Lawyer Ralph Anderson arrives in Tula, an amazingly remote town in the desert, as reluctant emissary of mob chief Victor Massonetti, who wants the airstrip clear for his unofficial exit ... See full summary »
A poor farmer is obsessed with finding gold on his land supposedly buried by his grandfather. To find it he conveniently moves a marker out of his way that designates the land on which it ... See full summary »
A Chinese general goes berserk and has a system of tunnels dug all the way from China to USA, under the Pacific Ocean! Wherever there is an important military base, he places atomic bombs. ... See full summary »
Jake Remy leads a gang of outlaw cutthroats making their escape toward Mexico from a successful robbery. Barring their way is a river--crossable only by means of a ferry barge. The barge ... See full summary »
Lee Van Cleef,
The count has stolen enough gold to cause a financial crisis in the world markets so I.C.E. sends in ace spy Matt Helm to stop him. As Matt works alone, the British send in Freya to aid ... See full summary »
A successful business man occasionally develops an unusual physical disturbance: his nose whistles, whenever he breathes. Because of this peculiar circumstance, he enters a private, ... See full summary »
The Warrior Empress or Sappho-Venus of Lesbos (Saffo, venere di Lesbo) provides another pretty good performance by Tina Louise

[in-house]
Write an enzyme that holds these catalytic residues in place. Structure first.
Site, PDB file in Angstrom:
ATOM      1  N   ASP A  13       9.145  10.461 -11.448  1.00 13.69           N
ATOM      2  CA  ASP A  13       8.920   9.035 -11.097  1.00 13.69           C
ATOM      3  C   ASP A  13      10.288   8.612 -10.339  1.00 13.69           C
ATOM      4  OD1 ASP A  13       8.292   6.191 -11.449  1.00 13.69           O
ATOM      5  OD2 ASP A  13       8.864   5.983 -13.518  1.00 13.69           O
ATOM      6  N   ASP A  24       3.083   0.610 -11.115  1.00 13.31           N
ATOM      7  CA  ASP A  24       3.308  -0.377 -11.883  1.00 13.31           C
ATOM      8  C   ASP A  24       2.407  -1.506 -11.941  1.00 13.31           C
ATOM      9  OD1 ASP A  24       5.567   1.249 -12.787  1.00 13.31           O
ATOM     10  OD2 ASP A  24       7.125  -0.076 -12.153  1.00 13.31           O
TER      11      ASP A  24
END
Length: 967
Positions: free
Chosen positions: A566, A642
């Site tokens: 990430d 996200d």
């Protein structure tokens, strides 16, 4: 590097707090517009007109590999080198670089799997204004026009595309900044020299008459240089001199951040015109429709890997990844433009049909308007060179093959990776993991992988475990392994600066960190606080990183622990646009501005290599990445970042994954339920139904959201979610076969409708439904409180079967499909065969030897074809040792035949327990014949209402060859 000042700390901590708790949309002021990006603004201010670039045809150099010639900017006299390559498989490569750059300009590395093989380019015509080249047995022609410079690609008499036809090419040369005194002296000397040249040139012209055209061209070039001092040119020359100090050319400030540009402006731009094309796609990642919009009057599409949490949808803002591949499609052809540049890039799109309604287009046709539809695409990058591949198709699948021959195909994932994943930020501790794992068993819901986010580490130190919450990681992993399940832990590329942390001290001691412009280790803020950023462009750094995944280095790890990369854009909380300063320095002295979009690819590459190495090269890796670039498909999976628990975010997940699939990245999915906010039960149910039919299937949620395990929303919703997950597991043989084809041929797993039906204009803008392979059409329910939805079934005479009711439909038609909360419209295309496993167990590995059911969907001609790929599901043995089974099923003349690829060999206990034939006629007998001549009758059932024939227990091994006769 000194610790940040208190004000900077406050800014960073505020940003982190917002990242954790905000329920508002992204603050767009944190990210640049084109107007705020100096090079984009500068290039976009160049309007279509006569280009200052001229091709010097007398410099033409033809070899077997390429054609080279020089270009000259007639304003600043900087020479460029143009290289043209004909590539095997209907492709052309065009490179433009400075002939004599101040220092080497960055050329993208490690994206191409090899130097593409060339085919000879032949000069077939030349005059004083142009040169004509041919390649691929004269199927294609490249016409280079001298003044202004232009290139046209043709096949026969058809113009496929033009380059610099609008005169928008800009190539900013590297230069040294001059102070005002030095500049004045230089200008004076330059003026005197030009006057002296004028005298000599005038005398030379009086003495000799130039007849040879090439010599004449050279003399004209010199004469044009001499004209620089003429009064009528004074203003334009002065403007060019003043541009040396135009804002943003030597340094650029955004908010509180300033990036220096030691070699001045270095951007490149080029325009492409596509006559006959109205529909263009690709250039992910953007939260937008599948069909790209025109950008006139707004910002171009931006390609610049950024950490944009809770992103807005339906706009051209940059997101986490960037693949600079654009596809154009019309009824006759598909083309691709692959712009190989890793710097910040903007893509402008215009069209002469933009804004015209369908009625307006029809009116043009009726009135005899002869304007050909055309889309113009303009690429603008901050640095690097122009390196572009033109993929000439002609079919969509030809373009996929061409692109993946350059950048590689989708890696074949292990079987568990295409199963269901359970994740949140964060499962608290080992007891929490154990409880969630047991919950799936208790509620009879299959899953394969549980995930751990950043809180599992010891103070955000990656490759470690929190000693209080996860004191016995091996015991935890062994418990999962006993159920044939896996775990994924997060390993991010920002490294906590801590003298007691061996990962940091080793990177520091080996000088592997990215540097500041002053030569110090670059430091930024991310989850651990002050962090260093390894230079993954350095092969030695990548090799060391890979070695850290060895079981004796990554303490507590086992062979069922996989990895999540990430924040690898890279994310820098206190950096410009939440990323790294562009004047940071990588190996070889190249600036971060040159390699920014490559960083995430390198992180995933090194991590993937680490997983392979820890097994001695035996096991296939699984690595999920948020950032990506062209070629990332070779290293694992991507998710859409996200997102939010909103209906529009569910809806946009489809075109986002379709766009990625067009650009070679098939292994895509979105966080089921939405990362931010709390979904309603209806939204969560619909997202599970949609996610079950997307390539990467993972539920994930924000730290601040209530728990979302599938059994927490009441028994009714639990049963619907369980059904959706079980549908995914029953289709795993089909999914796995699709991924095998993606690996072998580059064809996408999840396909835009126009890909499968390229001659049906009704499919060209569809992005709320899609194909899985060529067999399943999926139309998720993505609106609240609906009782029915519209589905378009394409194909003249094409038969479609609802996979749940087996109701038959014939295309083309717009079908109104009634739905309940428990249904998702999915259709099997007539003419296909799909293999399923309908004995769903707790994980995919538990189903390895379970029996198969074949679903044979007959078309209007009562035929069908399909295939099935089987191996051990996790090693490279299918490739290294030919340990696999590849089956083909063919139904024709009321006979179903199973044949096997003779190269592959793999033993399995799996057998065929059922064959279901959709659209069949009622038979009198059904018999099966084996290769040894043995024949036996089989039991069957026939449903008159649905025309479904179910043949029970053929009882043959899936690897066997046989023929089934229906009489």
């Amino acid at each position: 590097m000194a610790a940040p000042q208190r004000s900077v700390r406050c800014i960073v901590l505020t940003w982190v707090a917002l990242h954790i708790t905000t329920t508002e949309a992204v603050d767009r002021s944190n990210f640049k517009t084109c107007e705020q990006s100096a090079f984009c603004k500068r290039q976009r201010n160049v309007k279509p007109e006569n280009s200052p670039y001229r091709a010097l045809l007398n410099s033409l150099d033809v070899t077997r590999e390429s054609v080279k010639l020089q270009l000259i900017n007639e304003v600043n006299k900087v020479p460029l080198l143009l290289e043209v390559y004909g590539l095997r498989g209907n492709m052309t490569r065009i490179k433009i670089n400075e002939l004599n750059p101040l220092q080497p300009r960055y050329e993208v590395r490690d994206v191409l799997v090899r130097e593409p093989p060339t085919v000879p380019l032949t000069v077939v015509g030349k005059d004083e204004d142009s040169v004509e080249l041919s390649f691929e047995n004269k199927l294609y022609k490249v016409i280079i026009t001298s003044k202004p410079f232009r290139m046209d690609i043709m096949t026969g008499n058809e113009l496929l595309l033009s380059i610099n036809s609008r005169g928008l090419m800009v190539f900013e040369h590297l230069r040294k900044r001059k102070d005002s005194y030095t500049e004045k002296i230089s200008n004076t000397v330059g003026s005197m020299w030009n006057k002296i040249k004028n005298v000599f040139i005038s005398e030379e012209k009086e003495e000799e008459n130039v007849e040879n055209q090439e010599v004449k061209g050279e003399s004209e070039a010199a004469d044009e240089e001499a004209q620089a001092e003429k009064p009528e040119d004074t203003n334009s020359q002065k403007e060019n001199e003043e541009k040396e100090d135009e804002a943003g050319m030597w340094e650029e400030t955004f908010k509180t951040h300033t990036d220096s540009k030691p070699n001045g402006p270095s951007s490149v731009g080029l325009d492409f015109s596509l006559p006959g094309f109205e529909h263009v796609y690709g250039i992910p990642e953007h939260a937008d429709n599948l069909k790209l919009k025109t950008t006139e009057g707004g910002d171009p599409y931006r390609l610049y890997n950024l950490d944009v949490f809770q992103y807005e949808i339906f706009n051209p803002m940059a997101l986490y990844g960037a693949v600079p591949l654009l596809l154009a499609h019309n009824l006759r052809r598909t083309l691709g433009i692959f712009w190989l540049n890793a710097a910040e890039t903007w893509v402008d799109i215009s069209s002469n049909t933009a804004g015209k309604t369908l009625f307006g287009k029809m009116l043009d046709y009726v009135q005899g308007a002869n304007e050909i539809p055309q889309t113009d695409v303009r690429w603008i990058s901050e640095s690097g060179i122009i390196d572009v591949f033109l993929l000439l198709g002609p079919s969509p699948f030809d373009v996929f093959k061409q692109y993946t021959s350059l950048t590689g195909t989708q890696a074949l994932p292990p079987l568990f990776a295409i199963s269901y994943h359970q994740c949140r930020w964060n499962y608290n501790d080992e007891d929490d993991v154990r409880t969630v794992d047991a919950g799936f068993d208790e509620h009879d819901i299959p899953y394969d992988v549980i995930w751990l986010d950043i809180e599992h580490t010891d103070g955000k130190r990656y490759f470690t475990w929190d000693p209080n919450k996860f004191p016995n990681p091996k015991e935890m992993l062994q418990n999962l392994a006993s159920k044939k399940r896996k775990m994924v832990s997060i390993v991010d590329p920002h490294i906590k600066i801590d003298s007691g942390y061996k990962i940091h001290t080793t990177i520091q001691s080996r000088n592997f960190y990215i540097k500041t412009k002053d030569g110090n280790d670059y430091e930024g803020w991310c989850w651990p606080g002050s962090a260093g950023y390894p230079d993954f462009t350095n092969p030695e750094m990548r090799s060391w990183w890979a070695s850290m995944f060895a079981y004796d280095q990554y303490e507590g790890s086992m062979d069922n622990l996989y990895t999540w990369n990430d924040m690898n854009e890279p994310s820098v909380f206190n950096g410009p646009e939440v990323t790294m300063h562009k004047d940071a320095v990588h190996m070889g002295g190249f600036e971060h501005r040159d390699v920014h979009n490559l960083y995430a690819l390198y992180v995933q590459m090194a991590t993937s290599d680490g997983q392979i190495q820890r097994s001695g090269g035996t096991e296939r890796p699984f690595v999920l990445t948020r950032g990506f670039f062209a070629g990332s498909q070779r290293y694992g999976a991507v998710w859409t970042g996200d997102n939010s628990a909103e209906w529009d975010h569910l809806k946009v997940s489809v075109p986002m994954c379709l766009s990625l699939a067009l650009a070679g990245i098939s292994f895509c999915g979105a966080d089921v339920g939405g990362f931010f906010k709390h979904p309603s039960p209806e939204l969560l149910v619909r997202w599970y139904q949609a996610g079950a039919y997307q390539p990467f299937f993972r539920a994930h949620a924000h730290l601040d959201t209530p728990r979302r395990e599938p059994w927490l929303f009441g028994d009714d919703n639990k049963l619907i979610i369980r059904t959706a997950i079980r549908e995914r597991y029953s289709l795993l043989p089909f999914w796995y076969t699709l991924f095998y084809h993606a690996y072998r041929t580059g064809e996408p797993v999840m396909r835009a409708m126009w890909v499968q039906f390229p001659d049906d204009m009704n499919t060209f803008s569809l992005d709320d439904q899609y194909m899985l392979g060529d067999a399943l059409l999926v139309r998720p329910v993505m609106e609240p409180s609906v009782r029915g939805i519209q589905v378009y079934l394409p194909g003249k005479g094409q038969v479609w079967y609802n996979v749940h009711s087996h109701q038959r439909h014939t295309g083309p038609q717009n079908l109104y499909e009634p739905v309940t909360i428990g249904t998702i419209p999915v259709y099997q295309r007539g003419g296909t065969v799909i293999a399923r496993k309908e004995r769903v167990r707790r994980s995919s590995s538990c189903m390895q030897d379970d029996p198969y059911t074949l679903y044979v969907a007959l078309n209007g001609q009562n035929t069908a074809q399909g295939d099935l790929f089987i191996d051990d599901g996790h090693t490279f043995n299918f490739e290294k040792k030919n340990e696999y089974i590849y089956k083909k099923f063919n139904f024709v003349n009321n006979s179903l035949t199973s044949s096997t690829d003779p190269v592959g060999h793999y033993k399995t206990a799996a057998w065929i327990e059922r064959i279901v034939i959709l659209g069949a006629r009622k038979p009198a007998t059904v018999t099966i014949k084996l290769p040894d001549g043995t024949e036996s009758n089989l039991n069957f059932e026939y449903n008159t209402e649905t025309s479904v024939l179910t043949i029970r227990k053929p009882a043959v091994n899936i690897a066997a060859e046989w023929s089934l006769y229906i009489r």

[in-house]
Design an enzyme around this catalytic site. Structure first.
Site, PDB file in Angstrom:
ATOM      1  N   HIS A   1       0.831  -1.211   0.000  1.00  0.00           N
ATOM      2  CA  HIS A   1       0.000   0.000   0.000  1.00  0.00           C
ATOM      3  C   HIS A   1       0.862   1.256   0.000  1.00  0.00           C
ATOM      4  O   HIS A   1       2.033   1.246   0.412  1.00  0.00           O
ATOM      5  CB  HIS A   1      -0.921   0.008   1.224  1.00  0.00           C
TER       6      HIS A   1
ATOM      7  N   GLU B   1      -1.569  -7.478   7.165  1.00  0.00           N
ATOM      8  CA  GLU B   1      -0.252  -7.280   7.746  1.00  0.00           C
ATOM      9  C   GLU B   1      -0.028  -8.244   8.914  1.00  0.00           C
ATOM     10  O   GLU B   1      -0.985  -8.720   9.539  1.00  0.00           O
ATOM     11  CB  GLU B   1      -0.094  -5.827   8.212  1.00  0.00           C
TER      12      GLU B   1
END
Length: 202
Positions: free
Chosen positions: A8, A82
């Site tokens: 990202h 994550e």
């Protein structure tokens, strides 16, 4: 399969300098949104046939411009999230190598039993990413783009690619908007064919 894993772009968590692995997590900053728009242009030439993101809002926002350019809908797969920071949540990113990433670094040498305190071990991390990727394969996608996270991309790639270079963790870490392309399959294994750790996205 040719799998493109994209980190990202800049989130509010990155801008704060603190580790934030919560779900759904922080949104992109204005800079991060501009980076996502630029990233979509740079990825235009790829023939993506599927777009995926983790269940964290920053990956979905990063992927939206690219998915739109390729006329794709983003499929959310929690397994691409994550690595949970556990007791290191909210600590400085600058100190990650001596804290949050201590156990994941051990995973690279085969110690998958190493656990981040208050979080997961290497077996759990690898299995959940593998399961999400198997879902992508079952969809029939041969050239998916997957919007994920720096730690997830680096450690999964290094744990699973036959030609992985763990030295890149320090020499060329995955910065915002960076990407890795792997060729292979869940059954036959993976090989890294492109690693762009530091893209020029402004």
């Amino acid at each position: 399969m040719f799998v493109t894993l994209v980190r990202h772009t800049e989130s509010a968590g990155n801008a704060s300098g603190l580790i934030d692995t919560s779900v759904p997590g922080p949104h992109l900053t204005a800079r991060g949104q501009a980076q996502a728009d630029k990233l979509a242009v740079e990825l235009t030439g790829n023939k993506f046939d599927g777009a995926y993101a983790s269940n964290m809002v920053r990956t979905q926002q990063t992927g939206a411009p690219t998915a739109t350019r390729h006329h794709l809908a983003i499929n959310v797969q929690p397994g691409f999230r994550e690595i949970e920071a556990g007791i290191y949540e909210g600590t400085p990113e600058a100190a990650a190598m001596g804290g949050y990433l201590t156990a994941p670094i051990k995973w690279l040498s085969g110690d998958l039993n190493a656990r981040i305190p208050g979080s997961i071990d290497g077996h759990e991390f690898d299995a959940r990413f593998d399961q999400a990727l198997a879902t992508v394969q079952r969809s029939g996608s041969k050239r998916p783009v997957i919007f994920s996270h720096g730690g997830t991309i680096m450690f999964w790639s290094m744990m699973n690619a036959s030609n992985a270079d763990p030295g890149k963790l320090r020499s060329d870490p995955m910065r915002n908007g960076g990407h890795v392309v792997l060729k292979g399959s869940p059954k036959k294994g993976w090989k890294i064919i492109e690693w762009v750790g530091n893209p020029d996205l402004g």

This is the second of the Italian epics Tina Louise made for director Pietro Francisci for the year 1960. While IMDb lists the above American title, the actual translated Italian one actually says "Sappho-Venus of Lesbos". And, no, there's no girl-on-girl action here though one of Sappho's friends, Actis (Susy Golgi Andersen), seems to have somewhat of a crush on her. But Tina's character is actually smitten with a wounded man named Phaon (Kerwin Mathews) who stumbles into their women-only island. But she's promised to another man named Hyperbius (Riccardo Garrone). I'll stop there and just say that I wasn't as involved in the story as the previous Louise-Francisci collaboration, L'assedio di Siracusa (Siege of Syracuse), but I still liked many of the action scenes, the romantic sequences, and the once again beautiful score by Angelo Francesco Lavagino. And, hey, there's plenty of other fine-looking women other than Ms. Louise who wear clothing that accentuate their cleavage and legs to the utmost effect! So on that note, The Warrior Empress/Sappho-Venus of Lesbos is worth a look.
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